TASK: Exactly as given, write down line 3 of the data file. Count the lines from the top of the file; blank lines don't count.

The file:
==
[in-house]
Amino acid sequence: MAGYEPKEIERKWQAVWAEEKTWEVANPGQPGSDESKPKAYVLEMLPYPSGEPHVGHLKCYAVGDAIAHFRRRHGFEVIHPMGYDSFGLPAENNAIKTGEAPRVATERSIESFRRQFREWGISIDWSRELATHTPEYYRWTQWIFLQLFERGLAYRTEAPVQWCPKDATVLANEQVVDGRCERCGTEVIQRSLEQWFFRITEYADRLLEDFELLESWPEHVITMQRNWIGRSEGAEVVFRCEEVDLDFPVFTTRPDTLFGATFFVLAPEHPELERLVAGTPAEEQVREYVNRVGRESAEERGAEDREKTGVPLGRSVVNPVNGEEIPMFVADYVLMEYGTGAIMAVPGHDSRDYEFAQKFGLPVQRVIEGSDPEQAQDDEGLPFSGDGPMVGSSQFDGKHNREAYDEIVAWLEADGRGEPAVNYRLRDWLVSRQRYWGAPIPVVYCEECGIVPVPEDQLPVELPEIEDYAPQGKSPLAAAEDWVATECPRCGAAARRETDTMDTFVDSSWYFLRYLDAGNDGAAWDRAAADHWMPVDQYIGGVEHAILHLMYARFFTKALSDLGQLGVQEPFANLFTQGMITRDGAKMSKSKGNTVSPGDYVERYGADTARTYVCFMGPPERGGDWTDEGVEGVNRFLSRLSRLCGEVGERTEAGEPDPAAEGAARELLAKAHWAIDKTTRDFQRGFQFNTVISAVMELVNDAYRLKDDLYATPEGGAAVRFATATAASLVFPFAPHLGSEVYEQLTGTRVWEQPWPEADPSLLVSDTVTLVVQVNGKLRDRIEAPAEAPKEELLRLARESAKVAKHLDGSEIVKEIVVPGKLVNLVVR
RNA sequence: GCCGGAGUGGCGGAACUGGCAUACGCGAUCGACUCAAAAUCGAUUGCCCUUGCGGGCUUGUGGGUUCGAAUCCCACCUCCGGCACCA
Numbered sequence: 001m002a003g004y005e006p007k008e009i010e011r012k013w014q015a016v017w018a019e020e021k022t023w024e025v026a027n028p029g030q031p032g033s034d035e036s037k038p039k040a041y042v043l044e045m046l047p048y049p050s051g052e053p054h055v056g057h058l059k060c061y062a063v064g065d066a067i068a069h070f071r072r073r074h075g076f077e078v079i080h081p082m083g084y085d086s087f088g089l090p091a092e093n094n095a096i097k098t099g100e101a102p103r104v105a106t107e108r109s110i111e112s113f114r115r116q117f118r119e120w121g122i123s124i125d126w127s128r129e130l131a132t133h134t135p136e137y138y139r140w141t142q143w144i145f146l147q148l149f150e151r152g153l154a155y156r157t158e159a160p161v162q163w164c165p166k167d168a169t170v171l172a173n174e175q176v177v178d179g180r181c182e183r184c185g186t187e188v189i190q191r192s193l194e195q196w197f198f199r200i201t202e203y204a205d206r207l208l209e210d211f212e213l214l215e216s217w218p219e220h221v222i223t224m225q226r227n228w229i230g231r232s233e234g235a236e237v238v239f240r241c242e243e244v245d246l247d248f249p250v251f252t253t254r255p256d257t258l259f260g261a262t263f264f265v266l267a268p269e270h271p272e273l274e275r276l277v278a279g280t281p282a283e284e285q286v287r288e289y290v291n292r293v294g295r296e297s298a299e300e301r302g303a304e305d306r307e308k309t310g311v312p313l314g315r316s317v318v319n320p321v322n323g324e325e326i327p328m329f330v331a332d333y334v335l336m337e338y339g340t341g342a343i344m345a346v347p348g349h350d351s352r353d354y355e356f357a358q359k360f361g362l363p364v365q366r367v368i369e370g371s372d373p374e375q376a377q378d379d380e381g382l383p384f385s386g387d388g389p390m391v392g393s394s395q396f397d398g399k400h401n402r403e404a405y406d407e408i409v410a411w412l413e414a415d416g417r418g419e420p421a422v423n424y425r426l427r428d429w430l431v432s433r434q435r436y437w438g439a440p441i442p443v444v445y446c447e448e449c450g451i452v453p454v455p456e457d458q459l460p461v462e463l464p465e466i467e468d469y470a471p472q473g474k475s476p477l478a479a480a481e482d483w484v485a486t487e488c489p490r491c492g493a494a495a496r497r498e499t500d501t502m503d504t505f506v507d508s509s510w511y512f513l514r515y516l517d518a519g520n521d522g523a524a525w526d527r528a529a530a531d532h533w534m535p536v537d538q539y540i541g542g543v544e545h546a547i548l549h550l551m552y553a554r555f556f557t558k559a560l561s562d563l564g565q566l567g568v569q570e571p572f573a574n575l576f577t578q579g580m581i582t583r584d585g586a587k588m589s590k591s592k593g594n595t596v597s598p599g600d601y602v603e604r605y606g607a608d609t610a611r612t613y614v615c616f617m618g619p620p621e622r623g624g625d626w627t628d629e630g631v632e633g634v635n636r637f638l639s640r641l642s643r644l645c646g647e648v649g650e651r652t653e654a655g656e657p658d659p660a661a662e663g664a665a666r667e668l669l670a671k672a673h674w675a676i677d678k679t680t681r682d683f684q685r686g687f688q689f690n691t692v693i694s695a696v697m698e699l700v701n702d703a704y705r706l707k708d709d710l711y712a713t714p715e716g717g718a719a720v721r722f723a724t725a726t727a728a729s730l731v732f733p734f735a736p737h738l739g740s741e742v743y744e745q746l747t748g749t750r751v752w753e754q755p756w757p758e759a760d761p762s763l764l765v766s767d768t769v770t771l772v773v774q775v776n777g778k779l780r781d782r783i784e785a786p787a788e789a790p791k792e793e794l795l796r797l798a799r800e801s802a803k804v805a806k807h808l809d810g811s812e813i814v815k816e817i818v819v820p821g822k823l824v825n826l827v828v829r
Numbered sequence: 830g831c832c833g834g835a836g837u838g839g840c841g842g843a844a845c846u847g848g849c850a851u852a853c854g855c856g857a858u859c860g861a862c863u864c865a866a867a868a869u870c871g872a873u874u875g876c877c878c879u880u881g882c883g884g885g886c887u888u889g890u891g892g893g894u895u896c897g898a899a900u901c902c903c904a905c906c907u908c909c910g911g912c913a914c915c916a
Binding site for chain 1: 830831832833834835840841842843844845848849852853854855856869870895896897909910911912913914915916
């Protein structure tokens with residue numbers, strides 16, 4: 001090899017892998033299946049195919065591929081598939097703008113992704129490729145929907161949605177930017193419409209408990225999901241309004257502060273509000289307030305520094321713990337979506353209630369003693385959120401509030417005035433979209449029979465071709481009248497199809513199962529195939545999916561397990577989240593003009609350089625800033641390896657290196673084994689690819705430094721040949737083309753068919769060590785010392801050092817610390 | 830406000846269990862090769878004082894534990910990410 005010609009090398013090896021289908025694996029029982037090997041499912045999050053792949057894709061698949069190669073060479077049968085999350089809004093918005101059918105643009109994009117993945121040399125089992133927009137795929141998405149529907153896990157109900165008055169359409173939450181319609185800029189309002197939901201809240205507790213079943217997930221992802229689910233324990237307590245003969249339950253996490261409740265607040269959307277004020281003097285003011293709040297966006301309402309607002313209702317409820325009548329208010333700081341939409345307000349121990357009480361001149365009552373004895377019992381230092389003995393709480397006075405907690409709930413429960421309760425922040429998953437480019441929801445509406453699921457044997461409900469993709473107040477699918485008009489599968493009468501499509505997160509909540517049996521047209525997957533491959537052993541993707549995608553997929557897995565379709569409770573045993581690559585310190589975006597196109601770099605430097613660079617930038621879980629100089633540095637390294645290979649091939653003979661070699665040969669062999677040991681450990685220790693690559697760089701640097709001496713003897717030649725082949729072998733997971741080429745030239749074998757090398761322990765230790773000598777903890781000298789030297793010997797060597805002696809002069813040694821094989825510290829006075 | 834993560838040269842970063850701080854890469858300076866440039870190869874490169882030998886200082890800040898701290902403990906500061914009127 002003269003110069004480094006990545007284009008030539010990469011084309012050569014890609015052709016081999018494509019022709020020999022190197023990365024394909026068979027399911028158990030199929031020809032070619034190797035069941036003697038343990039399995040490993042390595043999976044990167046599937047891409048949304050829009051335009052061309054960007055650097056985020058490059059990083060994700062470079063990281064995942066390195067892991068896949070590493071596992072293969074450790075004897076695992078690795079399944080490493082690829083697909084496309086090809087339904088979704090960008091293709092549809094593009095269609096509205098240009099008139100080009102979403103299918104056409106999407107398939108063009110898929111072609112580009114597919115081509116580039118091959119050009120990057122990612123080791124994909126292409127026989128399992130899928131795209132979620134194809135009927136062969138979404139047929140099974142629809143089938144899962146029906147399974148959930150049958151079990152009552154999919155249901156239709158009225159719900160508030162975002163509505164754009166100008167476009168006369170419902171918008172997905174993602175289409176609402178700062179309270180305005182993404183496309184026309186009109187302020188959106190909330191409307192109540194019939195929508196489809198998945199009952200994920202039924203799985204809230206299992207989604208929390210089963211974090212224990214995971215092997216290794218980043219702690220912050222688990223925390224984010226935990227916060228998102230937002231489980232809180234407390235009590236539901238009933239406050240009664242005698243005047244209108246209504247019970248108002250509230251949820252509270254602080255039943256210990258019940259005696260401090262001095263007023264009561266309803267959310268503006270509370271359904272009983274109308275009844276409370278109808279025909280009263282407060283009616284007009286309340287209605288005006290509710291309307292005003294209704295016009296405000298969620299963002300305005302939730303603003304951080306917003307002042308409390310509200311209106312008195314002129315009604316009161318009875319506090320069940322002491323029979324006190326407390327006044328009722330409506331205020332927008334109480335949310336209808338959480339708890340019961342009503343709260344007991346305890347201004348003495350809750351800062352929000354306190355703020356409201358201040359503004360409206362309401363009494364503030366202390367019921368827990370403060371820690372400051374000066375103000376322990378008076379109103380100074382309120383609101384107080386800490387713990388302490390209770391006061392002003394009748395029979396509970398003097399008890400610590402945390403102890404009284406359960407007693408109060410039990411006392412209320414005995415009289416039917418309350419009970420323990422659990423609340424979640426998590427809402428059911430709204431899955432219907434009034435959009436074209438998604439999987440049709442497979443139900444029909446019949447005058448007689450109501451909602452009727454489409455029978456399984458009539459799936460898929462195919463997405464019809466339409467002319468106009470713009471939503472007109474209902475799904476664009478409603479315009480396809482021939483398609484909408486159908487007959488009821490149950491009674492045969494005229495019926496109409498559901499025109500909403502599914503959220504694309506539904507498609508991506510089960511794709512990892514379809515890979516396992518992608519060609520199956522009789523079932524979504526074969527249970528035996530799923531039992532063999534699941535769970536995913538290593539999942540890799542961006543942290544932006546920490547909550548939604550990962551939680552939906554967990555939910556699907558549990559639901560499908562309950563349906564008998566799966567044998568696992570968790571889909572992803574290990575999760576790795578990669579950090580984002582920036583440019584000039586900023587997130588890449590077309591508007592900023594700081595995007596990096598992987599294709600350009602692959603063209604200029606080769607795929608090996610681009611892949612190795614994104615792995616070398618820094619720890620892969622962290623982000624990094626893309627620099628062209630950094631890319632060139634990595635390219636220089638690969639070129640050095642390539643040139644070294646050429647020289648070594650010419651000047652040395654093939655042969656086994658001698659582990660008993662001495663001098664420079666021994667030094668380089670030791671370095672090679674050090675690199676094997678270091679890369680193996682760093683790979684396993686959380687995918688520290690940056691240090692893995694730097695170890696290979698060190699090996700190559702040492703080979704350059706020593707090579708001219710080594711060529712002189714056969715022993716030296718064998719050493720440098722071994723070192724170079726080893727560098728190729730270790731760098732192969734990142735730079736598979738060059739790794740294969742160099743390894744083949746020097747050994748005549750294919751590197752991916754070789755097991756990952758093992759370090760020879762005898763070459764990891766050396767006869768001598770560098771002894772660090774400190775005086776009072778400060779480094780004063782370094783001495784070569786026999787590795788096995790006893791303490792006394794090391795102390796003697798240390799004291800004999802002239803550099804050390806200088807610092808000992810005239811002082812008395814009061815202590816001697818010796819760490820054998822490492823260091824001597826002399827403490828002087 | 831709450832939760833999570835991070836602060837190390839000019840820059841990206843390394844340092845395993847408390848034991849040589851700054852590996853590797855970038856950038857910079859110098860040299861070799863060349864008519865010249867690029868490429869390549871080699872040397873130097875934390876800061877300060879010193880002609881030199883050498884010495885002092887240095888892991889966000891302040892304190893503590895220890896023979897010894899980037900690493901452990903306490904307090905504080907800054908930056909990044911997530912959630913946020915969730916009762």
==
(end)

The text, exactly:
RNA sequence: GCCGGAGUGGCGGAACUGGCAUACGCGAUCGACUCAAAAUCGAUUGCCCUUGCGGGCUUGUGGGUUCGAAUCCCACCUCCGGCACCA